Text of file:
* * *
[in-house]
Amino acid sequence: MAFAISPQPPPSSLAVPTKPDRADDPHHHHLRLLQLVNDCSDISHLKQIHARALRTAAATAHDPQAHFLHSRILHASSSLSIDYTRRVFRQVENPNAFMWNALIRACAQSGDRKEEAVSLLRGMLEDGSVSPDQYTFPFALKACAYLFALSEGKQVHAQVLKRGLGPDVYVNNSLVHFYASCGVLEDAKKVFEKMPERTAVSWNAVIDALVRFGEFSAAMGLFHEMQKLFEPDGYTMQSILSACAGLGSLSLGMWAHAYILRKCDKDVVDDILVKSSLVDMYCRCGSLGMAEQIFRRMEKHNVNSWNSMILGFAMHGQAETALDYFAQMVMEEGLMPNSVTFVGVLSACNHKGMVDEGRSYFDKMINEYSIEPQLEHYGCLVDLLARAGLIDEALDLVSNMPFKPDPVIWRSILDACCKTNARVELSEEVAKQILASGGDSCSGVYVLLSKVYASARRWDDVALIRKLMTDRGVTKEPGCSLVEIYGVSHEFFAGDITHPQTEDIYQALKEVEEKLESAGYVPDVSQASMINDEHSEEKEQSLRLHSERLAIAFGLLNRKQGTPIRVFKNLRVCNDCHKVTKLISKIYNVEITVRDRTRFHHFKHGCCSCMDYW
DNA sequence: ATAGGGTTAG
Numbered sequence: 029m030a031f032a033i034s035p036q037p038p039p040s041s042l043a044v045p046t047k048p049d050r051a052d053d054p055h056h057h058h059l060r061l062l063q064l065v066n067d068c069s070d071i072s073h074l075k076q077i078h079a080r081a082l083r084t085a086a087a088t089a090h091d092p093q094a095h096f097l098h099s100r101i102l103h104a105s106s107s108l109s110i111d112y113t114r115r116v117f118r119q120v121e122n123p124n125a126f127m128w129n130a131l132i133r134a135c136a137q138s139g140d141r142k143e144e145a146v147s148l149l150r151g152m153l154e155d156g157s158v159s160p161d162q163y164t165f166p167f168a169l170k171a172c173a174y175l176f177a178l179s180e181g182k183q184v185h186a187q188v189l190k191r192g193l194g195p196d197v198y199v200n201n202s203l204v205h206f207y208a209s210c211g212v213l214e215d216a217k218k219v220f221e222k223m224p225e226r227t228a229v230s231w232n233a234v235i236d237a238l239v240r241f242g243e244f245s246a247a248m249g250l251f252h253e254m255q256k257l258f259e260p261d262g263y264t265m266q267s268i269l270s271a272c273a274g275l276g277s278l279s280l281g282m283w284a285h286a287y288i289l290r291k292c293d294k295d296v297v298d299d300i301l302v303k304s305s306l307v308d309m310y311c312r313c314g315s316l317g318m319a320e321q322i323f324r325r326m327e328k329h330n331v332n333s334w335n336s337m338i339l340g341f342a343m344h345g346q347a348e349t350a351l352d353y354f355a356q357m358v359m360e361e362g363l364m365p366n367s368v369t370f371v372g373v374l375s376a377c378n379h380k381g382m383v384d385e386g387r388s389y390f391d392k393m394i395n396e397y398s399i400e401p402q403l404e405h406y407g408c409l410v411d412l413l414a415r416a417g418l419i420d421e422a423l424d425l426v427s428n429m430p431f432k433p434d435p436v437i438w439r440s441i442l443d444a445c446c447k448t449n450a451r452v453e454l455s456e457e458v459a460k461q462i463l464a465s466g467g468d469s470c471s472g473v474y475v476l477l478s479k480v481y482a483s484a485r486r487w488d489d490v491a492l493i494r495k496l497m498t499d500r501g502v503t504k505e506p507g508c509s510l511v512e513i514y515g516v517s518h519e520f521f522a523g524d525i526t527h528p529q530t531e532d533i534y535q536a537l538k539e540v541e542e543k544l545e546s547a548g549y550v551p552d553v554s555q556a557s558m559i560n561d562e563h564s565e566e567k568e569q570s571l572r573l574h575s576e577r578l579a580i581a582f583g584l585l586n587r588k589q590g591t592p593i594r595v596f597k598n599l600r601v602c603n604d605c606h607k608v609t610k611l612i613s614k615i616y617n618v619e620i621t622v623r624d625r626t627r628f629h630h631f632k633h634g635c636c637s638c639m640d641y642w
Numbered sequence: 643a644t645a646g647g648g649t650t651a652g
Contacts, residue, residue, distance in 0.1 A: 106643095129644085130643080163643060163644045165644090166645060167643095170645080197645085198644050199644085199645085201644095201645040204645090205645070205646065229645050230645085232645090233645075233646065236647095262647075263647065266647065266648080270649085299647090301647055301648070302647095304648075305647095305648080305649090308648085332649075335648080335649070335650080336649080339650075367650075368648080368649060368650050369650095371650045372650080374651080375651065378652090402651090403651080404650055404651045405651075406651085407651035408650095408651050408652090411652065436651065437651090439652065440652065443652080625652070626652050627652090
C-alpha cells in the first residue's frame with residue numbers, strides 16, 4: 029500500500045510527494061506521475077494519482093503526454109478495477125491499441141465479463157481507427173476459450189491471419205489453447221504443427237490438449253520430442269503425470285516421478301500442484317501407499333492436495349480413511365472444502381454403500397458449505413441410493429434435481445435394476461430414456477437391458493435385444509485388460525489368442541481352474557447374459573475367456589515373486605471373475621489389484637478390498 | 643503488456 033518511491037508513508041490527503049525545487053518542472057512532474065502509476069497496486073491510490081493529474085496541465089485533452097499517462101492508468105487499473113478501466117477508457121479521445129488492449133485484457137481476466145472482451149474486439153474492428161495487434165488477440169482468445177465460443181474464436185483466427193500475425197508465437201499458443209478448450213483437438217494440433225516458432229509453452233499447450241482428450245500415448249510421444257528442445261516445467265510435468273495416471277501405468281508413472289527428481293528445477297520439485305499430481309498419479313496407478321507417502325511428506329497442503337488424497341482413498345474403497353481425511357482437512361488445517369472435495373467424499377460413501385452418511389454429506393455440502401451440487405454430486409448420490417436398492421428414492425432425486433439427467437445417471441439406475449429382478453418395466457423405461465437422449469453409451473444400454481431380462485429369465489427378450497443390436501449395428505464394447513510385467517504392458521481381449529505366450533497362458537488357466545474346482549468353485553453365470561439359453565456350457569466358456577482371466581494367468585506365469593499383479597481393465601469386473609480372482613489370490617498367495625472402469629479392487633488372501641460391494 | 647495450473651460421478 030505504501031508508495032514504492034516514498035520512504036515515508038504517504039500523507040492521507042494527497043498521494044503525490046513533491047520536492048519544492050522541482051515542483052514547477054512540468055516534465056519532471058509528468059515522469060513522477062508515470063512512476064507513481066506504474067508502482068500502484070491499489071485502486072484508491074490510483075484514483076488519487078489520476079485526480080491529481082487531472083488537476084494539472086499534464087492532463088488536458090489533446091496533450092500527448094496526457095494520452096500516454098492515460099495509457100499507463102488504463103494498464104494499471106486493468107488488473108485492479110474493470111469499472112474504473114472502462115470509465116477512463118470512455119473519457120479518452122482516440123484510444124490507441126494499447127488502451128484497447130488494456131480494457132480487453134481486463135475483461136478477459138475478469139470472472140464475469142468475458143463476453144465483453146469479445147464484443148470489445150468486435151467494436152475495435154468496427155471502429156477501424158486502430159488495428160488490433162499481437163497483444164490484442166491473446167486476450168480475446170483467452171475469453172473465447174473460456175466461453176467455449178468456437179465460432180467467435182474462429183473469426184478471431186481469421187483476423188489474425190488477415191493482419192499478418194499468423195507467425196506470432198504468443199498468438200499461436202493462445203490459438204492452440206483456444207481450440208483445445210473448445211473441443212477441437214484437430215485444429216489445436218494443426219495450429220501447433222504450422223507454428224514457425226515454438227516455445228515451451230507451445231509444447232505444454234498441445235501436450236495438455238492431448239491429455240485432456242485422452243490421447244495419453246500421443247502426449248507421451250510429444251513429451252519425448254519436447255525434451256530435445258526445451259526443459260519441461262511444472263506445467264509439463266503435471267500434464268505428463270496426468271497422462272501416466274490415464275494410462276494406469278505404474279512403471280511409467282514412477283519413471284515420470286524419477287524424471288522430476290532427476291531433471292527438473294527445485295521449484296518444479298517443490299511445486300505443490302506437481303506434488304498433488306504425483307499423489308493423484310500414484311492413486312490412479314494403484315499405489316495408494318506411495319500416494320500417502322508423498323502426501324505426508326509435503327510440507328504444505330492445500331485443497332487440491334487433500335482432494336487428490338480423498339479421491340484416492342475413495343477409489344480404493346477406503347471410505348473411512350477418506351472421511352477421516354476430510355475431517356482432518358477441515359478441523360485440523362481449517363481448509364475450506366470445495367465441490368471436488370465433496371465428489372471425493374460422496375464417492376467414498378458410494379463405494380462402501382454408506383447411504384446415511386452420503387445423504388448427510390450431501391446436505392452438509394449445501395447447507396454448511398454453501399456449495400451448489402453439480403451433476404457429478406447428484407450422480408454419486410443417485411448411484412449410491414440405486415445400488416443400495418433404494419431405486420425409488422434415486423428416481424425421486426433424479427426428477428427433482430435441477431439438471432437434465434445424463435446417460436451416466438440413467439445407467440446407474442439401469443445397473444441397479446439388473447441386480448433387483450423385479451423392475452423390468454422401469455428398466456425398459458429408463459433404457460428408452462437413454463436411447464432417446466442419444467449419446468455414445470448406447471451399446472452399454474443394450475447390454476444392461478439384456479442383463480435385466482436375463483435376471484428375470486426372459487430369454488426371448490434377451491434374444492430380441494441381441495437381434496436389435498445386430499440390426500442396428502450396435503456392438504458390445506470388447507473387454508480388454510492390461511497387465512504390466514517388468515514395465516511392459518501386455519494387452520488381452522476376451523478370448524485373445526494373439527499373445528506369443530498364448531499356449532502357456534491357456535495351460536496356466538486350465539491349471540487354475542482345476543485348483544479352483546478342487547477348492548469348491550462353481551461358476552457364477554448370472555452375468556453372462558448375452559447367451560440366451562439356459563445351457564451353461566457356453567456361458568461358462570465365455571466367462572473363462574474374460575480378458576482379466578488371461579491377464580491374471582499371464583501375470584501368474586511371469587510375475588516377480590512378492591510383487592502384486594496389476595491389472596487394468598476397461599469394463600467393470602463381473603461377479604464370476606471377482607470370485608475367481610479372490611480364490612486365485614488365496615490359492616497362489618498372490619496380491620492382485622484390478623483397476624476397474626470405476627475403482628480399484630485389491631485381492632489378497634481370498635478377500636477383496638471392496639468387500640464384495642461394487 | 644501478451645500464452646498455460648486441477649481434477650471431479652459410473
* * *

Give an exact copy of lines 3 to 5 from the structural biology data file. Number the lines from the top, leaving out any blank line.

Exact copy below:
DNA sequence: ATAGGGTTAG
Numbered sequence: 029m030a031f032a033i034s035p036q037p038p039p040s041s042l043a044v045p046t047k048p049d050r051a052d053d054p055h056h057h058h059l060r061l062l063q064l065v066n067d068c069s070d071i072s073h074l075k076q077i078h079a080r081a082l083r084t085a086a087a088t089a090h091d092p093q094a095h096f097l098h099s100r101i102l103h104a105s106s107s108l109s110i111d112y113t114r115r116v117f118r119q120v121e122n123p124n125a126f127m128w129n130a131l132i133r134a135c136a137q138s139g140d141r142k143e144e145a146v147s148l149l150r151g152m153l154e155d156g157s158v159s160p161d162q163y164t165f166p167f168a169l170k171a172c173a174y175l176f177a178l179s180e181g182k183q184v185h186a187q188v189l190k191r192g193l194g195p196d197v198y199v200n201n202s203l204v205h206f207y208a209s210c211g212v213l214e215d216a217k218k219v220f221e222k223m224p225e226r227t228a229v230s231w232n233a234v235i236d237a238l239v240r241f242g243e244f245s246a247a248m249g250l251f252h253e254m255q256k257l258f259e260p261d262g263y264t265m266q267s268i269l270s271a272c273a274g275l276g277s278l279s280l281g282m283w284a285h286a287y288i289l290r291k292c293d294k295d296v297v298d299d300i301l302v303k304s305s306l307v308d309m310y311c312r313c314g315s316l317g318m319a320e321q322i323f324r325r326m327e328k329h330n331v332n333s334w335n336s337m338i339l340g341f342a343m344h345g346q347a348e349t350a351l352d353y354f355a356q357m358v359m360e361e362g363l364m365p366n367s368v369t370f371v372g373v374l375s376a377c378n379h380k381g382m383v384d385e386g387r388s389y390f391d392k393m394i395n396e397y398s399i400e401p402q403l404e405h406y407g408c409l410v411d412l413l414a415r416a417g418l419i420d421e422a423l424d425l426v427s428n429m430p431f432k433p434d435p436v437i438w439r440s441i442l443d444a445c446c447k448t449n450a451r452v453e454l455s456e457e458v459a460k461q462i463l464a465s466g467g468d469s470c471s472g473v474y475v476l477l478s479k480v481y482a483s484a485r486r487w488d489d490v491a492l493i494r495k496l497m498t499d500r501g502v503t504k505e506p507g508c509s510l511v512e513i514y515g516v517s518h519e520f521f522a523g524d525i526t527h528p529q530t531e532d533i534y535q536a537l538k539e540v541e542e543k544l545e546s547a548g549y550v551p552d553v554s555q556a557s558m559i560n561d562e563h564s565e566e567k568e569q570s571l572r573l574h575s576e577r578l579a580i581a582f583g584l585l586n587r588k589q590g591t592p593i594r595v596f597k598n599l600r601v602c603n604d605c606h607k608v609t610k611l612i613s614k615i616y617n618v619e620i621t622v623r624d625r626t627r628f629h630h631f632k633h634g635c636c637s638c639m640d641y642w
Numbered sequence: 643a644t645a646g647g648g649t650t651a652g